The base structure 14 also includes a movable top section 42 having a convex bottom surface 44 which has a curvature that is accomodated by the top surface 32 whereby the movable top section can slide on the concave top surface 32. The top section 42 has two side walls 46 and 48 and a top face 50. Although the preferred embodiment has the side walls, it is within the scope of the present invention to increase the length of the bottom surface 44 until it meets the top face 50. The base structure includes a actuation device which slides the movable top section with respect to the stationary bottom section 30. This actuation device may include two side bars 54 and 56 which are attached at their bottom ends to the sides 58 and 60 of the movable top section in any desirable manner, such as for example, screws. The top of the side bars 54 and 56 are connected to the pivot point 34 by pivot rods 62 and 64. These pivot rods may extend through the base structure to knobs 66 and 68. The knobs are attached to the pivot rods in any conventional manner such as a gear mechanism, in order for the rods to hold the side bars in any position in which they are placed.
The base structure 14 also includes a rotatable tip 70 as best seen in FIGS. 2 and 3 which has an aperture 16 extending therethrough. A top face 71 may include a flexible seal surface (not shown) to create a tighter seal for the specific specimen or article. The tip 70 includes a circular inner wall 72 which extends to a circular bottom edge 74. A support element 76 includes an upper wall 78 and a lower wall 80. The lower wall 80 is secured within the movable top section 42 in any conventional manner. The top edge 82 of the wall 78 acts as a bearing surface against which the bottom edge 74 of the rotatable tip 70 rotates. An inner sleeve 84 is secured to the inner surface of the upper wall 78 in any desirable manner. The inner sleeve is used in conjunction with the illumination device 20 and the vacuum device 18 as will be further described.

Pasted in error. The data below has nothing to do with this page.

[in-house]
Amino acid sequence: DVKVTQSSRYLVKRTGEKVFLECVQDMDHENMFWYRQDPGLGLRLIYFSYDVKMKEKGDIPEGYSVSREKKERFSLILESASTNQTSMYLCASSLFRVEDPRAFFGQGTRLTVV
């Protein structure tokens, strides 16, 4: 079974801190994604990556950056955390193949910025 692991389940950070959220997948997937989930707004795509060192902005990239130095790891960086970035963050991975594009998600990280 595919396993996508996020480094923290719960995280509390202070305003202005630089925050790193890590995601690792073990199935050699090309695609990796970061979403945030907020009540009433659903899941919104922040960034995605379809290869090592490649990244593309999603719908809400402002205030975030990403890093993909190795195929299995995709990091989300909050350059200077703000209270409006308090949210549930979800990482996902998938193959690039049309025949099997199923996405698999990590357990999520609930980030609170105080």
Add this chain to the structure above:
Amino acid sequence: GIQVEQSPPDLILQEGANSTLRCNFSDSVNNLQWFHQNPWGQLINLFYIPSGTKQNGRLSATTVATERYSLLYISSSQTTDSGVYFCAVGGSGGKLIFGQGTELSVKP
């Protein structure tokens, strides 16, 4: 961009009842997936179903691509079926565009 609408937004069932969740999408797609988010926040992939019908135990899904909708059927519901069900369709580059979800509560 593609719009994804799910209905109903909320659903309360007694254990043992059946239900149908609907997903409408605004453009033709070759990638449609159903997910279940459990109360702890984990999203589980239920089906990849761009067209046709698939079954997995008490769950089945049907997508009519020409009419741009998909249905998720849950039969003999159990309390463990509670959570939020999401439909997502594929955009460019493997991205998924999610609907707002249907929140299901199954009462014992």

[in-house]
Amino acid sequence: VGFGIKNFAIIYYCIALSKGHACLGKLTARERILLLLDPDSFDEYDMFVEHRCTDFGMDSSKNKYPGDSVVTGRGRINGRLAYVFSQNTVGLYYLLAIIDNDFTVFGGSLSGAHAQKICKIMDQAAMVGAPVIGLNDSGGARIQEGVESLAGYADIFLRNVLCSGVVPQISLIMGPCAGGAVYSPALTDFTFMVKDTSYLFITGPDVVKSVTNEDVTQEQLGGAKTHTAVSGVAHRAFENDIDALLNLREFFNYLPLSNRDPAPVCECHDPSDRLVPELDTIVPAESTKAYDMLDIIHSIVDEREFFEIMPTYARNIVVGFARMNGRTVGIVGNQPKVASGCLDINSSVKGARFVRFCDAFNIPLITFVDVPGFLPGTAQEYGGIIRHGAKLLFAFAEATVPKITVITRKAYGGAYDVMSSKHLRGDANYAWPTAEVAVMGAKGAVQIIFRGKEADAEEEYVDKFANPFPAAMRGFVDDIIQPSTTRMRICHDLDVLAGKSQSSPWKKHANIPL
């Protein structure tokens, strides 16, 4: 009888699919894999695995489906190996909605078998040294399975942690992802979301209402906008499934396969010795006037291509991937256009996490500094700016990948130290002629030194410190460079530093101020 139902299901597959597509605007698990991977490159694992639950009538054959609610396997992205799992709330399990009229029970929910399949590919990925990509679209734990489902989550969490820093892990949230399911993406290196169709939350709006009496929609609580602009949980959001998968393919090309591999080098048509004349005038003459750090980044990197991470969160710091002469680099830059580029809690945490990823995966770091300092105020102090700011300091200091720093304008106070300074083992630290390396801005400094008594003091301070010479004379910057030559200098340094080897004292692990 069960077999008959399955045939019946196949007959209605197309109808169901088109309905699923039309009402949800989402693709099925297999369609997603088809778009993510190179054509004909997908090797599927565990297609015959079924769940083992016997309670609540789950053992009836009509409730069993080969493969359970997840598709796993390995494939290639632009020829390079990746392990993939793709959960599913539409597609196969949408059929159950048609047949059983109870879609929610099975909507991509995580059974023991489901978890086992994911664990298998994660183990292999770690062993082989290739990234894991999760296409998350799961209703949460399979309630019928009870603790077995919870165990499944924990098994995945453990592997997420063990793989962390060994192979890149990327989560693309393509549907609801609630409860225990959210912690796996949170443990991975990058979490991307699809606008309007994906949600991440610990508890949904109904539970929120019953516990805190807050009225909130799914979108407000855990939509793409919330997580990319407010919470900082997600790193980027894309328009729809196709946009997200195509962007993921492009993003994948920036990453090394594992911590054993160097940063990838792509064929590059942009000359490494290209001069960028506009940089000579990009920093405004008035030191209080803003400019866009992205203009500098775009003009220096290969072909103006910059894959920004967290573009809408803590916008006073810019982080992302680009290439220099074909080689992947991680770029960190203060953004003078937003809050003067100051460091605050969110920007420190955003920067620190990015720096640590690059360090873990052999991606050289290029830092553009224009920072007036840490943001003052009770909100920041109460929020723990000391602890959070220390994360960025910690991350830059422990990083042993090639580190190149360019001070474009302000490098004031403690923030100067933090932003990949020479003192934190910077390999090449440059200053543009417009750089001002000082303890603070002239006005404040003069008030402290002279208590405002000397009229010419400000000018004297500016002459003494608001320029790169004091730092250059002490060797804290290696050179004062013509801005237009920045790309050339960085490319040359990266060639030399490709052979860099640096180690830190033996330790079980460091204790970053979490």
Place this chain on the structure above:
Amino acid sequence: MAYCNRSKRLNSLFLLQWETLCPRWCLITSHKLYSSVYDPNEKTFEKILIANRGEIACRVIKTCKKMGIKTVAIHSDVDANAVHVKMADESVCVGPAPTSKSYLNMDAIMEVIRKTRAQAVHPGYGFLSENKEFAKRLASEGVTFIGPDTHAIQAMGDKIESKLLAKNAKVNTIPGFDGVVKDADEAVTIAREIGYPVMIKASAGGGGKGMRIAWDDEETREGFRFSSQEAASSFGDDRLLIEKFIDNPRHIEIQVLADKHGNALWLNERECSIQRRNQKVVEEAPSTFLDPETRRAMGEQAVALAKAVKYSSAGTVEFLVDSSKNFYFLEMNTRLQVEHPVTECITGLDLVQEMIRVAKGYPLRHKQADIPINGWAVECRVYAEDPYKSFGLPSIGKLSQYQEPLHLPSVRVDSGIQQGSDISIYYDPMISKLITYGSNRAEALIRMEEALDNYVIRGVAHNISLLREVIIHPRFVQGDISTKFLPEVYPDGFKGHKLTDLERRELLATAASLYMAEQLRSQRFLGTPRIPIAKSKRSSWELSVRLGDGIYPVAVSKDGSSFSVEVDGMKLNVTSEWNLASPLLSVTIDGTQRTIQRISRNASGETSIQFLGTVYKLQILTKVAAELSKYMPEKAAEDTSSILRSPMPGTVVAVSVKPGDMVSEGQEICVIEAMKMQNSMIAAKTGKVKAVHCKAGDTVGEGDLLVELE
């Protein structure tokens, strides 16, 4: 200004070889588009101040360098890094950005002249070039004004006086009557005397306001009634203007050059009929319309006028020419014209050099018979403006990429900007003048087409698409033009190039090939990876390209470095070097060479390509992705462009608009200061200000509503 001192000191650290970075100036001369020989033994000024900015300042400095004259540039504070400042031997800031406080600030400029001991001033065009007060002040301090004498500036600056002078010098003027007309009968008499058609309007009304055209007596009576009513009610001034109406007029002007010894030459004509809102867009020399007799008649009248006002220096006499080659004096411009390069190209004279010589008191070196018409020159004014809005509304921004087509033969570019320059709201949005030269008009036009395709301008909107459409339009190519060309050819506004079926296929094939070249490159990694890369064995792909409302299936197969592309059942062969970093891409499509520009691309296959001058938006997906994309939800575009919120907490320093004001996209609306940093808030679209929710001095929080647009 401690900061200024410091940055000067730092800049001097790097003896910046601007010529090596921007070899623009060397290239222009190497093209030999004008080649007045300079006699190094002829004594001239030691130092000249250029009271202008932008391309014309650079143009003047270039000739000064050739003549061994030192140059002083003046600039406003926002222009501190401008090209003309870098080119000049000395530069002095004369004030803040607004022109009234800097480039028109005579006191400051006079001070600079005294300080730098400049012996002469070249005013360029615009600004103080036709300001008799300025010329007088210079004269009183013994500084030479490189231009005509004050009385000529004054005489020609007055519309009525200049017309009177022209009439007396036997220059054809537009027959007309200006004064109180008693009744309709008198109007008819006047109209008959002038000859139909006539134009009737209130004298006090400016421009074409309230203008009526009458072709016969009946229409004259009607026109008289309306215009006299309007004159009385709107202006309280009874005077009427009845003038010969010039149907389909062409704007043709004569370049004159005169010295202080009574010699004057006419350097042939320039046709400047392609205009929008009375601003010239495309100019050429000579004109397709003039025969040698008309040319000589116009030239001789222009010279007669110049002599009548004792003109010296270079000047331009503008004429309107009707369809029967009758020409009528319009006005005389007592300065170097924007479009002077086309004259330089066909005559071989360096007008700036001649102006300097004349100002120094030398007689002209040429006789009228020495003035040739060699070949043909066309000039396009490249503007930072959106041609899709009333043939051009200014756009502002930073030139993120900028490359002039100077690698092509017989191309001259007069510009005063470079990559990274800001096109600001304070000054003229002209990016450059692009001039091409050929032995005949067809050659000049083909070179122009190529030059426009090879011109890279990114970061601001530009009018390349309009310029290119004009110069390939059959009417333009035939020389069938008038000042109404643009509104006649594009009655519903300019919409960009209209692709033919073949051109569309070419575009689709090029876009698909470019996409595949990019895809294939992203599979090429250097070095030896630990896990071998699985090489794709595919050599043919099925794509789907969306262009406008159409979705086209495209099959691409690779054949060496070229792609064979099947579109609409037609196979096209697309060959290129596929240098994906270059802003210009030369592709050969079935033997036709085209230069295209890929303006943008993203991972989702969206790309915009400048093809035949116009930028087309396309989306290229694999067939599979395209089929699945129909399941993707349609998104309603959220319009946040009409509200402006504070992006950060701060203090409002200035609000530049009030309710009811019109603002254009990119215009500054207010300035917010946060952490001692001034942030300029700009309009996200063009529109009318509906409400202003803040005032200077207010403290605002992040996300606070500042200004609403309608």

An illumination device 20 includes a fiber-optic light tube 86 which includes a conventional fiber-optic bundle encased in tubing made out of any desirable material, such as for example, rubber, plastic or nylon. At one end of the light tube 86, an encasement sleeve 88 is affixed to the tube. The light tube 86 may be positioned within the inner sleeve 84 by a retainment device including a series of set screws 90 which are screwed into the sleeve 84 as shown. It is within the scope of the present invention to use any other retainment device to adjust the position of the encasement sleeve 88. The sleeve 88 is preferably positioned so that the light passing through the light tube is directed through the aperture 16. In addition, it is desirable to prevent the end of the light tube from being too close to the aperture as will be further described.
The other end of the light tube 86 also has an encasement sleeve 92 for supporting the light tube against an end member 94. The end of the light tube extends through the end member to receive the light from the light source. Referring to FIG. 4, a schematic of the light source is provided. A lamp, such as for example, a tungsten light bulb 100 directs light through a lens 102 which focuses the light onto the tip end 104 of the fiber optic bundle. If desired, a conventional iris diaphragm 106 may be provided for controlling the brightness of the light which enters into the light tube. Also, a plurality of different colored optical fibers 108 may be provided to change the color of the light passing through the light tube.